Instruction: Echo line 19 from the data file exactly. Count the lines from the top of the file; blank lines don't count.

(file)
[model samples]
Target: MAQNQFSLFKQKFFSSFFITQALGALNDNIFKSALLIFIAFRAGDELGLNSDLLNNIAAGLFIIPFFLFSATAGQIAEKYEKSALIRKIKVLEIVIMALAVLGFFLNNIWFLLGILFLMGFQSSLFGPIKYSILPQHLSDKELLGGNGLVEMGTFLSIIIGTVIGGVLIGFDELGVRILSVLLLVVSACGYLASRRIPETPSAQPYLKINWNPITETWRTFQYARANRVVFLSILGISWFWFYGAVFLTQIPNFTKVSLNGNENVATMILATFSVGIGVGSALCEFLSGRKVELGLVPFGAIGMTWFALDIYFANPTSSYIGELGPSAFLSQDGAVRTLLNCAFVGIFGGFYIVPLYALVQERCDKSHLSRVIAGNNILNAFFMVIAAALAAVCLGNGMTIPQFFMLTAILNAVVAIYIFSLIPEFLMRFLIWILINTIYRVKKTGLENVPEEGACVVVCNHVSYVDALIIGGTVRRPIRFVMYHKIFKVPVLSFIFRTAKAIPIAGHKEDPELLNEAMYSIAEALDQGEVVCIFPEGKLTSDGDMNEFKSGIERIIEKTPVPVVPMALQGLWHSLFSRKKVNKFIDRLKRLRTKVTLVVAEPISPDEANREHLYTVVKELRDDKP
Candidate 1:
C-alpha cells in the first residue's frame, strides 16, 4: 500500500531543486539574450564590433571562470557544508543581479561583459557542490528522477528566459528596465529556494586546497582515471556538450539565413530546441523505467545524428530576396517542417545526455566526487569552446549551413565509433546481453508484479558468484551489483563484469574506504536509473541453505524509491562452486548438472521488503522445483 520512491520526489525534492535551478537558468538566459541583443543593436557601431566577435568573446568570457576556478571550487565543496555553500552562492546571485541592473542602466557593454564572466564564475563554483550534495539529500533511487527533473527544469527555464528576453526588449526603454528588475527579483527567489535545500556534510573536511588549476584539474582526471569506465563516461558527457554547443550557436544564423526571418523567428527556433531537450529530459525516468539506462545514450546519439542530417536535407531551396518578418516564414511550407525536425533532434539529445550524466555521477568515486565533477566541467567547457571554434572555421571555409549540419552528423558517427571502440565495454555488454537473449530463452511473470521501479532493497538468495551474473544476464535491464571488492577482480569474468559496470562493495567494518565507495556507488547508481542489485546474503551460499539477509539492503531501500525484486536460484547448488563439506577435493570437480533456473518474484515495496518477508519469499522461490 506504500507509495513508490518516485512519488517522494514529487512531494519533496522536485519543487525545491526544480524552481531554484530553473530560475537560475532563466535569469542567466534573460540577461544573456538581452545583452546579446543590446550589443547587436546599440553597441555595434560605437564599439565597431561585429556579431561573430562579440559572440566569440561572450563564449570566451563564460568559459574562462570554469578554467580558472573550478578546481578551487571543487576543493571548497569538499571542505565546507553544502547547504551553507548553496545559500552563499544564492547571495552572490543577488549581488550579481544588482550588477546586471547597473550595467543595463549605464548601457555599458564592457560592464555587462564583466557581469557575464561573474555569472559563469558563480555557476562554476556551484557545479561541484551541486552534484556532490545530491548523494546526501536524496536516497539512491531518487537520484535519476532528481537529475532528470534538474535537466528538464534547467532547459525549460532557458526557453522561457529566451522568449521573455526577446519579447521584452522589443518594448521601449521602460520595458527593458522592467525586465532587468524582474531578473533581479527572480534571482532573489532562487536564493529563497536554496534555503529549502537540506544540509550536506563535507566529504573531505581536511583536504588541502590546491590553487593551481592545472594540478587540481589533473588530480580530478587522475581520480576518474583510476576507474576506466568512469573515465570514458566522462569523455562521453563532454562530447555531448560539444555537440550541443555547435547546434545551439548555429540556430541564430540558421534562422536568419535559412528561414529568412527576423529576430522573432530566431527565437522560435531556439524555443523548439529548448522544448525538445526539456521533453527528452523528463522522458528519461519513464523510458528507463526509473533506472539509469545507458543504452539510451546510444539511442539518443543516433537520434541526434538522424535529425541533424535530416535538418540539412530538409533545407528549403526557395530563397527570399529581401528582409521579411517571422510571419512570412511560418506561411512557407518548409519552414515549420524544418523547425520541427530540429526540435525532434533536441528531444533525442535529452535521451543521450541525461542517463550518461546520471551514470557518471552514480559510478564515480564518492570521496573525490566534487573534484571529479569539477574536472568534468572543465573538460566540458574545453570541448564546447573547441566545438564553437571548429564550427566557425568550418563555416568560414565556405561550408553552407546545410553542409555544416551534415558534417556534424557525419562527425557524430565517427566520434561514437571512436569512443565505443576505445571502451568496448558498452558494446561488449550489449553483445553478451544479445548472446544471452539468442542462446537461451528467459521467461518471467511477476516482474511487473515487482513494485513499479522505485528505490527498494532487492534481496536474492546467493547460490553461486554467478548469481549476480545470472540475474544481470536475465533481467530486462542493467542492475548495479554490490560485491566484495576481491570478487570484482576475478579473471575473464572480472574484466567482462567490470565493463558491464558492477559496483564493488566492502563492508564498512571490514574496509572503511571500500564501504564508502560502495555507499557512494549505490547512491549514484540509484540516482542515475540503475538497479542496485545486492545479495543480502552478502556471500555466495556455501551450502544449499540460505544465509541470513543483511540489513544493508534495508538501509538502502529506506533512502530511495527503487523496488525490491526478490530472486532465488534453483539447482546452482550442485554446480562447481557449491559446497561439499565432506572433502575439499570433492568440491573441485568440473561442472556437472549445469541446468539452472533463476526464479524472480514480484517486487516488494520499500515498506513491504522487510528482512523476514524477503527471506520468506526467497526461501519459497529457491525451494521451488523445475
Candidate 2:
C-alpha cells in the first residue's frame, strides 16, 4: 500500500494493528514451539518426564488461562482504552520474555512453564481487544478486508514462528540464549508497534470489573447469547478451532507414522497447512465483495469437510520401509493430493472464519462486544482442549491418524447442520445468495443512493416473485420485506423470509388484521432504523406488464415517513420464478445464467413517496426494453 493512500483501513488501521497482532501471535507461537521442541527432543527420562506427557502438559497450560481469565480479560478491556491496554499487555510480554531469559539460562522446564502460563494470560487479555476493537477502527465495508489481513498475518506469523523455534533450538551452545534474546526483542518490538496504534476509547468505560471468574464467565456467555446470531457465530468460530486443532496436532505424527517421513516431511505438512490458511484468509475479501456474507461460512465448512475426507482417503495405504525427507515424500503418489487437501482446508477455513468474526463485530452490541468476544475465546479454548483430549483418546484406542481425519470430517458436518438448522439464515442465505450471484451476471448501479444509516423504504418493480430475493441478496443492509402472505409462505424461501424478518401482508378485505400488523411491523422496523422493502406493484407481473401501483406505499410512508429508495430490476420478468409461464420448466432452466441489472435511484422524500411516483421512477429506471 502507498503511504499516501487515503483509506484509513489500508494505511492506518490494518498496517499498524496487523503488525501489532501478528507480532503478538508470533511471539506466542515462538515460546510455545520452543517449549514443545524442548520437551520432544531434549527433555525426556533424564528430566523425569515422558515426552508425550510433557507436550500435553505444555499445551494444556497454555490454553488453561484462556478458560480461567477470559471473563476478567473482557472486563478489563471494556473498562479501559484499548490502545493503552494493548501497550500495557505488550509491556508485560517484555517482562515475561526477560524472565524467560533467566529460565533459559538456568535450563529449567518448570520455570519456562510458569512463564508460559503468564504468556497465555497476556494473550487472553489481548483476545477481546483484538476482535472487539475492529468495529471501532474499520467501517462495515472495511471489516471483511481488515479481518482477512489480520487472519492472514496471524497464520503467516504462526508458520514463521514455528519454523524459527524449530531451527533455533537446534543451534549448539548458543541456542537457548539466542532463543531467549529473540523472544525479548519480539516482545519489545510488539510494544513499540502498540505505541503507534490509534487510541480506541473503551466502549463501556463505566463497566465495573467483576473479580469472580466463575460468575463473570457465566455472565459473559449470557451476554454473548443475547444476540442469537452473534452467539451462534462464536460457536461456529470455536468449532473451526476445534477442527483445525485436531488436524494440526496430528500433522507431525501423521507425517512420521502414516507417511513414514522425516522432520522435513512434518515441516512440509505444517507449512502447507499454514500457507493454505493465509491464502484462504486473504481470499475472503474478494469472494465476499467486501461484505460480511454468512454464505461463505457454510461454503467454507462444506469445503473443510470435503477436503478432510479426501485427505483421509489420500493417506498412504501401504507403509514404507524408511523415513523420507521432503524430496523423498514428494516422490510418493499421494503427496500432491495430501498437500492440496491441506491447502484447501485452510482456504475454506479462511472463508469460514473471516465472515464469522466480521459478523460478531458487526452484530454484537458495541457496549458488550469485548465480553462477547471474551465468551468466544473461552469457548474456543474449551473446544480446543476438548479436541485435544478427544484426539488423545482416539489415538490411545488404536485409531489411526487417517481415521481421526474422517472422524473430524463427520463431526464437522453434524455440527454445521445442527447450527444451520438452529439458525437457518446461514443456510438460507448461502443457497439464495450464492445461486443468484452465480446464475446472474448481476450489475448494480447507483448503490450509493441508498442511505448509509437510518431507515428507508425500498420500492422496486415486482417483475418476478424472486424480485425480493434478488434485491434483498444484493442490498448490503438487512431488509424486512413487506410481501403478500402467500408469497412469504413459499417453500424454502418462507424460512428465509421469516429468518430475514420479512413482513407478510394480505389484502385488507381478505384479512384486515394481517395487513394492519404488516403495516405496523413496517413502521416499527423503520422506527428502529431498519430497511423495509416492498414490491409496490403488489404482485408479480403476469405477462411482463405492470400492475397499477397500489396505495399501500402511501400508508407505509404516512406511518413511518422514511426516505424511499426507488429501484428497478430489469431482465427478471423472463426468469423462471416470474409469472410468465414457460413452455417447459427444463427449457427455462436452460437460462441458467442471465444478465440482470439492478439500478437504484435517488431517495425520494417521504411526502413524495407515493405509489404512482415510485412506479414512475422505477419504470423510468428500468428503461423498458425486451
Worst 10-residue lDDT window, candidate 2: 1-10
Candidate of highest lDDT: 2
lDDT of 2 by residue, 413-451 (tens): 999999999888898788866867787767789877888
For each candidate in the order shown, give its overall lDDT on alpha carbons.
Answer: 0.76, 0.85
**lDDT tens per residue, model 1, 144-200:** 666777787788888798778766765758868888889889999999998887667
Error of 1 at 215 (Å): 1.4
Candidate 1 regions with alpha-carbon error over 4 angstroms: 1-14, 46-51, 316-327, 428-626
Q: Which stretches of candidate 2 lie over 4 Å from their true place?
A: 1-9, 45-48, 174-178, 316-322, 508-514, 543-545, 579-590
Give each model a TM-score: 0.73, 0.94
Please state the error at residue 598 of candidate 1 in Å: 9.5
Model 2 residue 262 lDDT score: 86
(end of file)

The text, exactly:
Model 2 residue 262 lDDT score: 86